Ventris Letters Now Available Online

Back in 2007, the University of Texas Libraries staff digitized and transcribed many of Michael Ventris’ letters held in the archives here at the Program of Aegean Scripts and Prehistory (PASP). They were never fully released and archived onto tape.

This summer (2013) I contacted the UT Libraries staff to see if they still had the files. Colleen Lyon, the Digital Repository Librarian, contacted Wendy Martin in Digitization Services, who managed to restore the six-year-old data from tape. Thanks to UT Libraries, I was able to compile 59 documents from 129 high resolution images and submit them to the UT Digital Repository.

The Michael Ventris Correspondence Collection is available here.

The Collection mainly contains correspondence between Michael Ventris and Alice E. Kober (until her untimely death in 1950) and Emmett L. Bennett from 1948 through 1955. In these letters we see these great minds grappling with Linear B and its decipherment. We see their humor, their acuity, and the way Linear B brought them together in conquering a common challenge.

For example, in this letter in 1954 from Ventris to Bennett, Ventris grapples with putting a grid together based on Kober’s work with inflection.


Not more than five months later, Ventris excitedly reported to Bennett that he has deciphered Linear B as Greek.


One wonders whether in his excitement Ventris has handwritten the letter in his clean architect’s handwriting. This was a major surprise for Ventris who had insisted in earlier letters that Linear B might be Pelasgian or Etruscan.

A year later, Ventris sends Bennett a transcription of a tablet from Blegen where they recognize that “tripods” are written out as ti-ri-po-de.


Other letters detail the work of transcribing and publishing the tablets. These letters truly provide us with a look into the not-so-distant past when Linear B was just being deciphered. Please take your time and read through many of them- you can almost hear the conversations between these great minds.

For more information, you may also be interested in the Alice E. Kober papers. Back in 2012, Zachary Fischer and I worked to digitize Alice E. Kober’s paper correspondence. Her work was essential in the decipherment of Linear B, especially with Ventris’ understanding of inflection. That Digital Repository Collection is available here.

Posted July 26, 2013 by Dygo Tosa, Research Assistant – PASP

An Online Companion to the Riddle of the Labyrinth

In The Riddle of the Labyrinth (Ecco Press), author Margalit Fox gives us an inside look at the life of Alice E. Kober through first-hand sources. This was in part possible through “the newly opened archive of her papers at the University of Texas” at the Program in Aegean Scripts and Prehistory, where her letters, manuscripts, and notes are carefully stored. In the summer of 2012, Zachary Fischer, a graduate student in the School of Information at the University of Texas at Austin, digitized Kober’s archived correspondence and made it available on the University of Texas Digital Repository.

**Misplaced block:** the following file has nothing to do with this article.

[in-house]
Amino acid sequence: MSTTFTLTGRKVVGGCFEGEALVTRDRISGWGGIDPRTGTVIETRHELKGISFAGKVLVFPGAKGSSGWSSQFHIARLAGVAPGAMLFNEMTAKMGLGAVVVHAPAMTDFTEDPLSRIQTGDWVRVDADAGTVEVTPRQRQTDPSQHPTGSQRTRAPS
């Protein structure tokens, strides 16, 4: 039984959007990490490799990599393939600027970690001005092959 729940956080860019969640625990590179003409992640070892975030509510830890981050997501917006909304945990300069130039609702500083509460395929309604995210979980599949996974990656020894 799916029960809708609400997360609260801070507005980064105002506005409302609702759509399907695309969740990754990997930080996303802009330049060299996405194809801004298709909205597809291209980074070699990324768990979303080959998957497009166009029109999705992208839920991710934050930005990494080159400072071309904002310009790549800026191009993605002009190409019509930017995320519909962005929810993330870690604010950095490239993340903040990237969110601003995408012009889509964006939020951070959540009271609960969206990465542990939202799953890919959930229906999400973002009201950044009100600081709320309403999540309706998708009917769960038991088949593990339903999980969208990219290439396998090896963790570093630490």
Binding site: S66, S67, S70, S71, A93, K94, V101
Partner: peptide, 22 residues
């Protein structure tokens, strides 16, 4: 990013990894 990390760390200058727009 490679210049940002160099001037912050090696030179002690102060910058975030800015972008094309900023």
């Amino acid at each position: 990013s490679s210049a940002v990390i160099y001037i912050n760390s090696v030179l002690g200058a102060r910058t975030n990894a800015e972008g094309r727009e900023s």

With the publication of the book and the publicly-accessible documents, I have compiled a selection of letters as a companion to The Riddle of the Labyrinth so that readers and visitors can experience and see for themselves Kober’s words preserved in ink from over sixty years ago. The selections below are not comprehensive and visitors are encouraged to search the collection for themselves: the PDFs have had OCR applied and so one can search for typed phrases in the original documents.

The page numbers on the left refer to the page numbers in Fox’s book.
p.92: Kober’s 1947 letter to a colleague on Hrozny:

p.93: Kober’s 1942 letter where she says she cannot tear herself from Linear B:

p.107: Kober’s 1947 letter on 78 times 77 times 15 minutes to do all the signs:

p.111: A letter from 1944 from a former student thanking Kober:

p.131: The first letter from Sundwall to Kober:

p.142: Kober’s 1947 letter to Daniel describing her success in England:

p.157: Kober’s 1947 letter describing her discovery of QE as “and”:

p.158: Forbes writes to Kober and signs off on Lepidoptera:

p.170: Kober’s 1948 letter to Daniel with her ???? for Ventris:

We hope to be able to digitize more of Kober’s files as well as other documents from the Ventris and Bennett archives here in PASP over this summer.

Please feel free to leave a comment below!